Unfortunately, refining tools and flows requires incorporation of lessons learned, and this is true for almost every new process node. It's a real conundrum, because you don't want to be the first one to tape out a big SoC in the latest process, but time to market pressures don't give you much leeway to let others blaze the trail ahead of you.
For current synthesis and analysis tools, they haven't addressed critical issues for nanotechnology For example, the product leakage is often 2X-4X higher than estimation because it is due to incorrect power model. The high design margin (20%-30%) in current SSTA is due to improper DFM setup, the actual margin can be reduced by half.
Perhaps I could be even bolder and suggest that verification is much like the drug industry. Even if there were a cure, it is more profitable to sell things that work on the symptoms which keeps the customer coming back for more.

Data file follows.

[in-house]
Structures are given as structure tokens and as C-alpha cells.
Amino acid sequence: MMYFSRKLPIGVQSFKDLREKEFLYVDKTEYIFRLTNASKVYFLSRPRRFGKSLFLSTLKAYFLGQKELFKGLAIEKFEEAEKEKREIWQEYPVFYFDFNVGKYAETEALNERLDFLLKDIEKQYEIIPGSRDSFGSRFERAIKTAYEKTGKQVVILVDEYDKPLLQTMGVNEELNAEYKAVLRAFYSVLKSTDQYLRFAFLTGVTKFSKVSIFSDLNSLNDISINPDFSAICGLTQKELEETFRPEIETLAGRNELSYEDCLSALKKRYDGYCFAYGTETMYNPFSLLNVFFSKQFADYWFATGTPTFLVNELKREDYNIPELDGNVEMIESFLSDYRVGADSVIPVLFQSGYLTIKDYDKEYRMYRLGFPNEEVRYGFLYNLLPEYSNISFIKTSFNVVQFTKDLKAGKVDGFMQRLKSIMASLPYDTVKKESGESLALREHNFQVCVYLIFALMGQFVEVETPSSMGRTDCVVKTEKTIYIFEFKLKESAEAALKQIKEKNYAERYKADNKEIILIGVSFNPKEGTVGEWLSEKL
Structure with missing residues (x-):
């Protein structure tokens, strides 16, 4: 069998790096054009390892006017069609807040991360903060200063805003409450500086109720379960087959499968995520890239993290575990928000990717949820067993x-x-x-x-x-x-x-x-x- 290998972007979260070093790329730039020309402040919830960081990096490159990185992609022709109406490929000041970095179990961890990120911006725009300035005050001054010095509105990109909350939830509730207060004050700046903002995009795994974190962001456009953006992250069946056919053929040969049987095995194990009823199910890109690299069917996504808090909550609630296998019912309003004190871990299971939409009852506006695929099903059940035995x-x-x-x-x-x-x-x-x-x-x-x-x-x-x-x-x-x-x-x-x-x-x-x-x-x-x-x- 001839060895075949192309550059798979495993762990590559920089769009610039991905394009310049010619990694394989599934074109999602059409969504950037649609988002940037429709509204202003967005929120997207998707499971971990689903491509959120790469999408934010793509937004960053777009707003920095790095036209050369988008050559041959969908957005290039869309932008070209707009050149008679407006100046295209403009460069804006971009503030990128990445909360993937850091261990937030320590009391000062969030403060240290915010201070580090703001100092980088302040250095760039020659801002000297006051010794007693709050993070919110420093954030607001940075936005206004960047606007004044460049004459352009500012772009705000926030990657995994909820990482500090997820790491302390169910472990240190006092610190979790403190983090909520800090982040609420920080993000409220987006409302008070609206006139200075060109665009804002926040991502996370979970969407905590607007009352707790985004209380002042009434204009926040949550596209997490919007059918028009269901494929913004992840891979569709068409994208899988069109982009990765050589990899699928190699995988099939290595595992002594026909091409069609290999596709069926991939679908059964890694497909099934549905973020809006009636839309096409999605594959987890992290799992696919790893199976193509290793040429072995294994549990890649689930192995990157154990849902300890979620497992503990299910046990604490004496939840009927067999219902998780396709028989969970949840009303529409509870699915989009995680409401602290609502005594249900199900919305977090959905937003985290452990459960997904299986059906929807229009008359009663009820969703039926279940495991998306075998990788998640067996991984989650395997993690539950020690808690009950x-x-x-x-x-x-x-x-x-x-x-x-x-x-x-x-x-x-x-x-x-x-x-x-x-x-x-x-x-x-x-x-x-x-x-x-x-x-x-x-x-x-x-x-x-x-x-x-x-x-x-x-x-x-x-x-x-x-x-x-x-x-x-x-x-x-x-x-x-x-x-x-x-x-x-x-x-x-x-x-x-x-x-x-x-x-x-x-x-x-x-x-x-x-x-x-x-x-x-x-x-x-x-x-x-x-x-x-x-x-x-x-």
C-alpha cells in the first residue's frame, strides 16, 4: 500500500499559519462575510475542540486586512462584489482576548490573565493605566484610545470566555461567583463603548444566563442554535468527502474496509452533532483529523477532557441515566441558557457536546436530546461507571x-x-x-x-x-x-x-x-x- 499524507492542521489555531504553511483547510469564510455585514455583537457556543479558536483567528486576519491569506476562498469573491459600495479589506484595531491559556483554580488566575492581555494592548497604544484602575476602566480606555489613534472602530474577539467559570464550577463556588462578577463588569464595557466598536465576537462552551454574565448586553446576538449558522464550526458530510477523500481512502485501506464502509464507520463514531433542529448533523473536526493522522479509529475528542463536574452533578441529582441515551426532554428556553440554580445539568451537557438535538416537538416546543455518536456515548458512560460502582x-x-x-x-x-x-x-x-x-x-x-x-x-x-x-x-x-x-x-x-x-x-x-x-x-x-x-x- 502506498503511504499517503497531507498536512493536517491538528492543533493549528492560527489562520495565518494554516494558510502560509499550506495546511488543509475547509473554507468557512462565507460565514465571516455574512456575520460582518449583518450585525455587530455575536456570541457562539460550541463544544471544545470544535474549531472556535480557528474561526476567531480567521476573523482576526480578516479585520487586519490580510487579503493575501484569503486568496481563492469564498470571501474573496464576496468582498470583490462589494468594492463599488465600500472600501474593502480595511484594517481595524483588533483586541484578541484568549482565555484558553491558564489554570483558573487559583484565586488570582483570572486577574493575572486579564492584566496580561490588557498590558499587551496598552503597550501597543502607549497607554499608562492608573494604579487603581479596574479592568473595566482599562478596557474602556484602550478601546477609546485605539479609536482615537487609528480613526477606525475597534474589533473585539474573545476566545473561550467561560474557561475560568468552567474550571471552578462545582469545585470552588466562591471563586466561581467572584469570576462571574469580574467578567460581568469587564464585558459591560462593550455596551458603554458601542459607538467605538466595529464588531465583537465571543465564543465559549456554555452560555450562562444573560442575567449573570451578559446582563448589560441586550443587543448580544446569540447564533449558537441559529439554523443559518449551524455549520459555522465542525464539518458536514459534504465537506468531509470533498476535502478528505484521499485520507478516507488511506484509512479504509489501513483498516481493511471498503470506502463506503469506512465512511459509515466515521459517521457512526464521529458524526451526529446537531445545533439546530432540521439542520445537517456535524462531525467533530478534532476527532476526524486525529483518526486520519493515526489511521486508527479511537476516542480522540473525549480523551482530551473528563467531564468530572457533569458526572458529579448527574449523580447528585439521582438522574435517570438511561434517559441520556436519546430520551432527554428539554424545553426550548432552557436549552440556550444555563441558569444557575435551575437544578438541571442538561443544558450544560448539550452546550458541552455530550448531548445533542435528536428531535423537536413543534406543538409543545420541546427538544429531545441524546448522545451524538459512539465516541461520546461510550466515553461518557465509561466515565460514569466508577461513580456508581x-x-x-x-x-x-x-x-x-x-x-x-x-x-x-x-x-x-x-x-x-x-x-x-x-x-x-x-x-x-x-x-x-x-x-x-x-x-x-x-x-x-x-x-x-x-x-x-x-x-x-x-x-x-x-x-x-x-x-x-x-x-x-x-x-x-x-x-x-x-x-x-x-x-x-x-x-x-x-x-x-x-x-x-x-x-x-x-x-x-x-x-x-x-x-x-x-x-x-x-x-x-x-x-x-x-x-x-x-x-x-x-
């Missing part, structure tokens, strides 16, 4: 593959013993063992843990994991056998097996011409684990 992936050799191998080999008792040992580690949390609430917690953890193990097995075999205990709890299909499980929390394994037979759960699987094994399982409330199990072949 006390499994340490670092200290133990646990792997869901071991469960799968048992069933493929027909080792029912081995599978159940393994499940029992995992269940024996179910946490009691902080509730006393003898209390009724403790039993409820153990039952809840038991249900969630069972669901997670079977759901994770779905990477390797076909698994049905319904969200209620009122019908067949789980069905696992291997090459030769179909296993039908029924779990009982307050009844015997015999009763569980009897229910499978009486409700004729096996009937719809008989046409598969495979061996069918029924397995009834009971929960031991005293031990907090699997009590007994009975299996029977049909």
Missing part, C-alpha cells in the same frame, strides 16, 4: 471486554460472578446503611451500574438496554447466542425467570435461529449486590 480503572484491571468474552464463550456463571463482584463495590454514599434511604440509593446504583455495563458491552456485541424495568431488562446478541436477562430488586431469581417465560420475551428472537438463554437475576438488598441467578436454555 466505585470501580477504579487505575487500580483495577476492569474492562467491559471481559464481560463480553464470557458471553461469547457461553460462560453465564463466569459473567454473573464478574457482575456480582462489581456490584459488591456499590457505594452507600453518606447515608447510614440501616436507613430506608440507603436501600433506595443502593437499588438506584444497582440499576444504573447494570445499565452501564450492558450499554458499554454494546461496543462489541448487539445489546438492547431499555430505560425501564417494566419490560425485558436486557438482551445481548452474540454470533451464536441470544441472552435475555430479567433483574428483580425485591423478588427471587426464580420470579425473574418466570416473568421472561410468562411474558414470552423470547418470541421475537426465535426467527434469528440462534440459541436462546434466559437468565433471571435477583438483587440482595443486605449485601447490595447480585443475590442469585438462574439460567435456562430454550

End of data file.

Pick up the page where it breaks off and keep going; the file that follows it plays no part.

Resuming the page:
What are the engineering and design challenges in creating successful IoT devices? These devices are usually small, resource-constrained electronics designed to sense, collect, send, and/or interpret data. Some of the devices need to be smart enough to act upon data in real time, 24/7. Are the design challenges the same as with embedded systems, but with a little developer- and IT-skills added in? What do engineers need to know? Rick Merritt talks with two experts about the tools and best options for designing IoT devices in 2016. Specifically the guests will discuss sensors, security, and lessons from IoT deployments.